So, those are some of the examples, guys, for how you would use the expression TO HAVE A BLAST, and that was all obviously in the past tense. You could use this in the Present Tense, I’M HAVING A BLAST, I HAVE A BLAST when I do something. Or you can use it in the Future Tense, I WILL HAVE A BLAST tomorrow at this party, I’m sure. It’s going to be good. I know I’M GOING TO HAVE A BLAST.
And, just to change things up a little bit here, guys, I’m going to make this a substitution exercise where I’m going to use a number of different synonyms for A BLAST. So, in the case of A BLAST as in a good time you could say, an incredible time, a great time, an amazing time, etc., etc.. I’m going to go through the different pronouns in this example, and the first sentence is going to end with, for example, “…a great time”. And I want you to change that into “A BLAST”.
So, you’ll work it out. Let’s dive in.
I had a great time.
I had a blast.
You had an incredible time.
You had a blast.
He had a splendid time.
He had a blast.
She had an awesome time.
She had a blast.
We had an amazing time.
We had a blast.
They had a terrific time.
They had a blast.
So, that’s really all there is to it guys. A BLAST, a good time, an amazing time, an incredible time. You went to something, you really enjoyed yourself, or maybe you’re going to something and you know you’re going to enjoy yourself. That is that you are going TO HAVE A BLAST. Something WILL BE A BLAST. The event’s going to be amazing. It’LL BE A BLAST. You know you’re going to have a good time. You’LL HAVE A BLAST.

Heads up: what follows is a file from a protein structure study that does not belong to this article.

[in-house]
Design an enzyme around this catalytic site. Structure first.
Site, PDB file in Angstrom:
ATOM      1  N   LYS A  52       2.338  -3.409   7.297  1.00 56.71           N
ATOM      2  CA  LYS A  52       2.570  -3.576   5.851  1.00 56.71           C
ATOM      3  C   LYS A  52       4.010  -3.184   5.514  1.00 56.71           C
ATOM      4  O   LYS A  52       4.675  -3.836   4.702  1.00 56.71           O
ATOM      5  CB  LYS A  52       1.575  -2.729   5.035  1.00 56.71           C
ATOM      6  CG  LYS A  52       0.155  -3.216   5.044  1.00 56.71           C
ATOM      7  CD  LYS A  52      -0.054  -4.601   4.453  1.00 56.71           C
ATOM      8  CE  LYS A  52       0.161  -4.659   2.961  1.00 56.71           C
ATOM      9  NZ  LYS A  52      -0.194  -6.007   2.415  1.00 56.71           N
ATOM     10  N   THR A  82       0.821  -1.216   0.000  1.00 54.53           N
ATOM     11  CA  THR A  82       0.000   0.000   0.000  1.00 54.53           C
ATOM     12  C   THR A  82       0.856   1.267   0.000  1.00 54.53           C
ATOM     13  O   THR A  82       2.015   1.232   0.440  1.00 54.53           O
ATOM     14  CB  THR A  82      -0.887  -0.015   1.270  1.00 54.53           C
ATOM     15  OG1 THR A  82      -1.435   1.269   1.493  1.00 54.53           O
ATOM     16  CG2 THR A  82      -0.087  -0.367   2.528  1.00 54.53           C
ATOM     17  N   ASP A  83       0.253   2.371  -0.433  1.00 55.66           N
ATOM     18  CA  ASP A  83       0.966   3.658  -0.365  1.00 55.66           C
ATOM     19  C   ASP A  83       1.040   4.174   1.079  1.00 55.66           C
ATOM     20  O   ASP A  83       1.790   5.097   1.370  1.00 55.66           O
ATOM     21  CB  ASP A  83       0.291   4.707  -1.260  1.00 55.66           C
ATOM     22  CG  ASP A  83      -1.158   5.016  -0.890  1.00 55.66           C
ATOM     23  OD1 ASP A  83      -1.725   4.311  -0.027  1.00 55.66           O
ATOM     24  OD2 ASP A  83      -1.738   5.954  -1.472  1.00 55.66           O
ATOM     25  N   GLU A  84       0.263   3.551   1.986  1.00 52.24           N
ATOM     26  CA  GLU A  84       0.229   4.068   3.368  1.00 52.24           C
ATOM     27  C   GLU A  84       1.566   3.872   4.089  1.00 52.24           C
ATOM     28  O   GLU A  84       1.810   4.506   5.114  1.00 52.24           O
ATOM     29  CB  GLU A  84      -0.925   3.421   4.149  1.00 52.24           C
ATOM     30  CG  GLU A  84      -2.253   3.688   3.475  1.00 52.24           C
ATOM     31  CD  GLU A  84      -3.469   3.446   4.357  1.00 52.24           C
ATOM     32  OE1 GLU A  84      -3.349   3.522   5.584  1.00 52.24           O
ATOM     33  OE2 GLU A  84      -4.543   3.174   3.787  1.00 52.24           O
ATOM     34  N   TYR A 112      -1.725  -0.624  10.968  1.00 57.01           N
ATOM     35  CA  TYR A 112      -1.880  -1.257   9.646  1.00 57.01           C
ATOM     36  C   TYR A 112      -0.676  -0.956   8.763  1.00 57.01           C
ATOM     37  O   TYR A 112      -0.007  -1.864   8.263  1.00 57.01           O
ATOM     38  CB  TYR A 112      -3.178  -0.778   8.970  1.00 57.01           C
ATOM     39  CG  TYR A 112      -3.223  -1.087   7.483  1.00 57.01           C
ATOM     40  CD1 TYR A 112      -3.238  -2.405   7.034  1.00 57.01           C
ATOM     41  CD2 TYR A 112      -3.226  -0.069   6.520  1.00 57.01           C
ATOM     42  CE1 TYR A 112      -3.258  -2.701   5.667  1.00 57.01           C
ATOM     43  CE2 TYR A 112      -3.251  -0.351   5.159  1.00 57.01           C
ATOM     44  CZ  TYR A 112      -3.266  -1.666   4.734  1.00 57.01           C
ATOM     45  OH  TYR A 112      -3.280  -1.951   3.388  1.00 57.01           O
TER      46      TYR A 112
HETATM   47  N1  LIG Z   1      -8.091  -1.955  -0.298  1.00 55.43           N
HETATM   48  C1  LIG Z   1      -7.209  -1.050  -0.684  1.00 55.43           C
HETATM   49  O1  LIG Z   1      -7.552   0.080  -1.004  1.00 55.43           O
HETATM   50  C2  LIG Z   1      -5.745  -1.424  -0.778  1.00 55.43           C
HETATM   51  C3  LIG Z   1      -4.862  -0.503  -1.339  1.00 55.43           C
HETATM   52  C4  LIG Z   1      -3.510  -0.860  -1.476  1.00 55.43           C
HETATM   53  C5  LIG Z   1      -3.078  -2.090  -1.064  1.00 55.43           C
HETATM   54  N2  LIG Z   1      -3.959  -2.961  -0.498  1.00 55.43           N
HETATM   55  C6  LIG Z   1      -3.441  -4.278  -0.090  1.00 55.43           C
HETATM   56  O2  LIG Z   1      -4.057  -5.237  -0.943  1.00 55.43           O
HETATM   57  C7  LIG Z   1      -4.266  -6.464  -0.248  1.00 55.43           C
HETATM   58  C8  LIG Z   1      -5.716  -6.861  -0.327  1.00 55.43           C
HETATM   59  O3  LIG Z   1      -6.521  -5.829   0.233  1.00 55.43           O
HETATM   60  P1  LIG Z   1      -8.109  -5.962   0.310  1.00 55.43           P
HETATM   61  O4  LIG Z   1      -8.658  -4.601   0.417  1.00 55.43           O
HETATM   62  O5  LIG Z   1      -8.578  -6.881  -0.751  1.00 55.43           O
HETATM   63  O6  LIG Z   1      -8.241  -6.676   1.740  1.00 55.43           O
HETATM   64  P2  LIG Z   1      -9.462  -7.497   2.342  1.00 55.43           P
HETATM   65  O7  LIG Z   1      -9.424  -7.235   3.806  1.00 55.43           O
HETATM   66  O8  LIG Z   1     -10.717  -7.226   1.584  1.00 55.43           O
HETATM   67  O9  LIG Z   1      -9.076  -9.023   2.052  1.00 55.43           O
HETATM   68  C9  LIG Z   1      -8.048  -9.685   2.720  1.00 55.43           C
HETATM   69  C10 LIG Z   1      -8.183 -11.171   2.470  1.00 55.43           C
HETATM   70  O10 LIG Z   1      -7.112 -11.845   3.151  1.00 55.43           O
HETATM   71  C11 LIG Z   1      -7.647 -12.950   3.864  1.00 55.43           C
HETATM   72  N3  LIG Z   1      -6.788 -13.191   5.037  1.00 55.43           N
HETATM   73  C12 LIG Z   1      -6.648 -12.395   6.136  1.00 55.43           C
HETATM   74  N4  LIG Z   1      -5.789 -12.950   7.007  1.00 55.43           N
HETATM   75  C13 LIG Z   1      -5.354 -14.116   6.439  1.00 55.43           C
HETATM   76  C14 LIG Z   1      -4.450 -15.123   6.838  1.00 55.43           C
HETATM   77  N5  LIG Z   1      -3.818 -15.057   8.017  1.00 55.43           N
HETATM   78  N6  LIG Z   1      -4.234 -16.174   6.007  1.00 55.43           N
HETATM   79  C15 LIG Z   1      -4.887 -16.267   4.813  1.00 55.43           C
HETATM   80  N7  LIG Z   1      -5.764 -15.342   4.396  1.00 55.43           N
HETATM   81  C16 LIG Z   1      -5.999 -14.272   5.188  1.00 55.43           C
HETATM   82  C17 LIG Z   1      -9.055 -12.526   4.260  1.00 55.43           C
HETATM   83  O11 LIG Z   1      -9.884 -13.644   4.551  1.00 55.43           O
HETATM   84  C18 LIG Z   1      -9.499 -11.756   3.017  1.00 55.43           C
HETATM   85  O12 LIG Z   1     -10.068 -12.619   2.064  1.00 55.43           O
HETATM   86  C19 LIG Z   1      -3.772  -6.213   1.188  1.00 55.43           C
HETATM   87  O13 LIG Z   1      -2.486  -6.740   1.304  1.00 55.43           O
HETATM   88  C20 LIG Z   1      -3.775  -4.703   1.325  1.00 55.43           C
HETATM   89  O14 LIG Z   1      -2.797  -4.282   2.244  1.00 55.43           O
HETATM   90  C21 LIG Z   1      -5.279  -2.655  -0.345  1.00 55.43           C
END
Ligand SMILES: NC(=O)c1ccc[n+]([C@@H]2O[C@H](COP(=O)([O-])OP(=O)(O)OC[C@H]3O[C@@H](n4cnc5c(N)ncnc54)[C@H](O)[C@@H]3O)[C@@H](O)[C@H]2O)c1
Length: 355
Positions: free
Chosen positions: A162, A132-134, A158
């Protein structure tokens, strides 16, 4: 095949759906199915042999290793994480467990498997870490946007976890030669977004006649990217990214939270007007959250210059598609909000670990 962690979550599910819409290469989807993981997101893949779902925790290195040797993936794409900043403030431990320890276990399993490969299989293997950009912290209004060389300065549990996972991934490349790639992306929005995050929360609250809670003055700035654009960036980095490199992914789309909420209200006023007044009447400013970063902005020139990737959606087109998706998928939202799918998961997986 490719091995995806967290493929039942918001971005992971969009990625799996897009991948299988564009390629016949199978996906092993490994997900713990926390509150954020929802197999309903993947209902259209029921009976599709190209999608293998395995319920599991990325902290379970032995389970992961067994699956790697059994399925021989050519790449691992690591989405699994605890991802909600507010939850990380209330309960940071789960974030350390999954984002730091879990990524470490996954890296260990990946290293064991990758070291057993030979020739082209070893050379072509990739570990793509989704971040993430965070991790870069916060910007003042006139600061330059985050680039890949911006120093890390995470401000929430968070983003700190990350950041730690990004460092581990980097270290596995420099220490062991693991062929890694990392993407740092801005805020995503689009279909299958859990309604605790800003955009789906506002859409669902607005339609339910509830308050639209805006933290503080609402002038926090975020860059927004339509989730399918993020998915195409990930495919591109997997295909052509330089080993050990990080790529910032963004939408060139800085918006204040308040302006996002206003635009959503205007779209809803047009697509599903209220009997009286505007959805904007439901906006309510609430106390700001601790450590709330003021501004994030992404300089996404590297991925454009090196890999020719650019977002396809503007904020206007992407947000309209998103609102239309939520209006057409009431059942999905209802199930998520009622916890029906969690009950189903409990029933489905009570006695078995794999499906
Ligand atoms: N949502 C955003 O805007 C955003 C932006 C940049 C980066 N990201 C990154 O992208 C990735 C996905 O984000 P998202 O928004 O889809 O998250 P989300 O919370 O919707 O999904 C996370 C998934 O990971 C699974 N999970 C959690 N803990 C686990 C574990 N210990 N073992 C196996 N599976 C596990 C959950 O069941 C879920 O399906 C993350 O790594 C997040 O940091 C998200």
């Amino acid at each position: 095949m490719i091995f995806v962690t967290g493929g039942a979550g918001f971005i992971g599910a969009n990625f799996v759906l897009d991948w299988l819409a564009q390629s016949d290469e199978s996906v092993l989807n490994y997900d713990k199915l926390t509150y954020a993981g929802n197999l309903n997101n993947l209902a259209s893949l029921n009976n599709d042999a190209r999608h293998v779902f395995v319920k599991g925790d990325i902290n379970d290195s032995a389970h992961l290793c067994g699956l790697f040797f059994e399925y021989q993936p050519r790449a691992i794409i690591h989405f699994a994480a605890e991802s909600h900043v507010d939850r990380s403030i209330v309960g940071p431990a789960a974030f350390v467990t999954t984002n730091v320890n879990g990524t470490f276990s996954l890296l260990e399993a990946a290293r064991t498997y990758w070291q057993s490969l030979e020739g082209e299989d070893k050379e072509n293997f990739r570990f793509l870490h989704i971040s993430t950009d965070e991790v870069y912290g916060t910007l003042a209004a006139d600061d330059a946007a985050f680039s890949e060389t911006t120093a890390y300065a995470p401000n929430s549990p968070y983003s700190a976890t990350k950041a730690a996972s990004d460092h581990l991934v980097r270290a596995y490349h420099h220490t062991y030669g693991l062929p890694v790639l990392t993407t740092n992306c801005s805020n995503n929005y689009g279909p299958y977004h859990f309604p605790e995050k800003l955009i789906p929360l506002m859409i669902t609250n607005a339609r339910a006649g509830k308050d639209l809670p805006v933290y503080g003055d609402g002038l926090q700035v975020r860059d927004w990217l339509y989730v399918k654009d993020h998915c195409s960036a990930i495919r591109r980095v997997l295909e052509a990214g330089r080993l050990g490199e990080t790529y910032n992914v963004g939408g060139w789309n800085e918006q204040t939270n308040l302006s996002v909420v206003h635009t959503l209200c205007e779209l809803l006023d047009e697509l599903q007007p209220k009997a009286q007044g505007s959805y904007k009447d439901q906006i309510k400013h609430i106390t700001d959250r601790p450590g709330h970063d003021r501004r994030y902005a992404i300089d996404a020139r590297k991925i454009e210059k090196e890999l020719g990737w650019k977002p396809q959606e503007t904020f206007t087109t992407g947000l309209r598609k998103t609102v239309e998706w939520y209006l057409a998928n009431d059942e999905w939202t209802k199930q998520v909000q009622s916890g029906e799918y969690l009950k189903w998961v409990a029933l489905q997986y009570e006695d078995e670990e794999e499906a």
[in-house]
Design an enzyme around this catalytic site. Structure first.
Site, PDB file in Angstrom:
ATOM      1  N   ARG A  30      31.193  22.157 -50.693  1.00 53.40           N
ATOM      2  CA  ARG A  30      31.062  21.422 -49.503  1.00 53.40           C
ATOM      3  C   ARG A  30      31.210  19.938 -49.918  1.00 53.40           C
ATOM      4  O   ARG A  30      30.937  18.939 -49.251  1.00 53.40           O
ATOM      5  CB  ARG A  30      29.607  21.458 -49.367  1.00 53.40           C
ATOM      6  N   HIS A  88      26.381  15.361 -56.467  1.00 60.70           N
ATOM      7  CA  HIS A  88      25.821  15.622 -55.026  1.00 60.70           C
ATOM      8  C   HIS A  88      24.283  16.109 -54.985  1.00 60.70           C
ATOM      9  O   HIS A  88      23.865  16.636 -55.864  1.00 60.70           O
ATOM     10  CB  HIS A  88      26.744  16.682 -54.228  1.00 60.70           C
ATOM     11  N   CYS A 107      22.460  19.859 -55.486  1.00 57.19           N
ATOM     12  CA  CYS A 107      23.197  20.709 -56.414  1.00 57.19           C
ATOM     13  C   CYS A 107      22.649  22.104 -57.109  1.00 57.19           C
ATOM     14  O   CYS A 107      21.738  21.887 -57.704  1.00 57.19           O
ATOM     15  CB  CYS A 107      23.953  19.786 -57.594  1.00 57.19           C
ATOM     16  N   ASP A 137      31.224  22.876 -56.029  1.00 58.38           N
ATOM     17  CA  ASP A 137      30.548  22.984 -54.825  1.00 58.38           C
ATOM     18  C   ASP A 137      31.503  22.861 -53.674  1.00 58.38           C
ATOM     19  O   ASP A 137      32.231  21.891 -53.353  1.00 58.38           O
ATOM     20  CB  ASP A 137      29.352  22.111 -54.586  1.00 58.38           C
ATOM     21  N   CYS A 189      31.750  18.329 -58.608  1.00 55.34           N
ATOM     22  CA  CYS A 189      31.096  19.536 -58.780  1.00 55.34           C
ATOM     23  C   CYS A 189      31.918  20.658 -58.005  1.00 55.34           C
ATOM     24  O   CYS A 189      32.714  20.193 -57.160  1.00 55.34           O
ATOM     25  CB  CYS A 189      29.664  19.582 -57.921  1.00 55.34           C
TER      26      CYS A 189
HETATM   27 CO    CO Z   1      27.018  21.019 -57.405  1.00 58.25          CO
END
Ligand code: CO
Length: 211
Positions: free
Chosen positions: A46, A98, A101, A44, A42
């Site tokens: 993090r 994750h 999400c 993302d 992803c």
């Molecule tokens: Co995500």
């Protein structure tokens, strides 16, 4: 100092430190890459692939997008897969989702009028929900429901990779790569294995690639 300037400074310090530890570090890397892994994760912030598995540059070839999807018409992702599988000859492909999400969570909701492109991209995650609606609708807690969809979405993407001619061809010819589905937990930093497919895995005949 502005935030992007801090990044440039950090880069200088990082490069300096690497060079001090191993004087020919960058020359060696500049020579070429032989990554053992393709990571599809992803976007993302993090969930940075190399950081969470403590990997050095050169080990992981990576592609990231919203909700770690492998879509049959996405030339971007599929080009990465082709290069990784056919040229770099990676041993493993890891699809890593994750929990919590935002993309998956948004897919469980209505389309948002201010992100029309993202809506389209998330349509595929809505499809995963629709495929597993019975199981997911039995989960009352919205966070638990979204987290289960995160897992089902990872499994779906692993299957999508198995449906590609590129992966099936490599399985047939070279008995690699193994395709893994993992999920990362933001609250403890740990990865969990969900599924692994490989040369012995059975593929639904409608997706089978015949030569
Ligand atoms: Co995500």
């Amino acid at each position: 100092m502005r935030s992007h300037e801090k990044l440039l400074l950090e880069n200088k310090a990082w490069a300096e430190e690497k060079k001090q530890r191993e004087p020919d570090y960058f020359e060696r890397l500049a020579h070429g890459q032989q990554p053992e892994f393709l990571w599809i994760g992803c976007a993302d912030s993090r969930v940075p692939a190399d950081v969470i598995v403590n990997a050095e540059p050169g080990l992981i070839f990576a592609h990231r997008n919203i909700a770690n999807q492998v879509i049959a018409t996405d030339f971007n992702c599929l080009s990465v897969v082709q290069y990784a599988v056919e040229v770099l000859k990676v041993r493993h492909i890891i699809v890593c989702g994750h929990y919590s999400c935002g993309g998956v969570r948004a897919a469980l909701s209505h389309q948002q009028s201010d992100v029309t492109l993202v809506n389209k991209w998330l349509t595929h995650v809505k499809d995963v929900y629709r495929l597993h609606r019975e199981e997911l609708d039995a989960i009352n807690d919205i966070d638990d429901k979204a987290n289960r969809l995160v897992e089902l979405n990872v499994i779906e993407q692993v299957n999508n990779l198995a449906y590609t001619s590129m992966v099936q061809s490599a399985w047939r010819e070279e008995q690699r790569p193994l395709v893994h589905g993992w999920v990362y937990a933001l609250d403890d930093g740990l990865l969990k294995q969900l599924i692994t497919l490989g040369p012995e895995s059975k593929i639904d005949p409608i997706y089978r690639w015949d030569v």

Anyway, make sure you comment down below and use this in an example. Try and use this in language. Try and use this every day, you know, in order to learn these things you have to be using them. And also, jump on Facebook, send me a message, send me a comment, just say hello. I love hearing from you guys. Tell me what you’re up to. Tell me what you’re doing with English at the moment. Have you got anything that you’re finding difficult that you would like an episode done on? Can I answer any questions for you? And until next time guys, all the best!
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Check out all the other recent Aussie English Expression episodes below!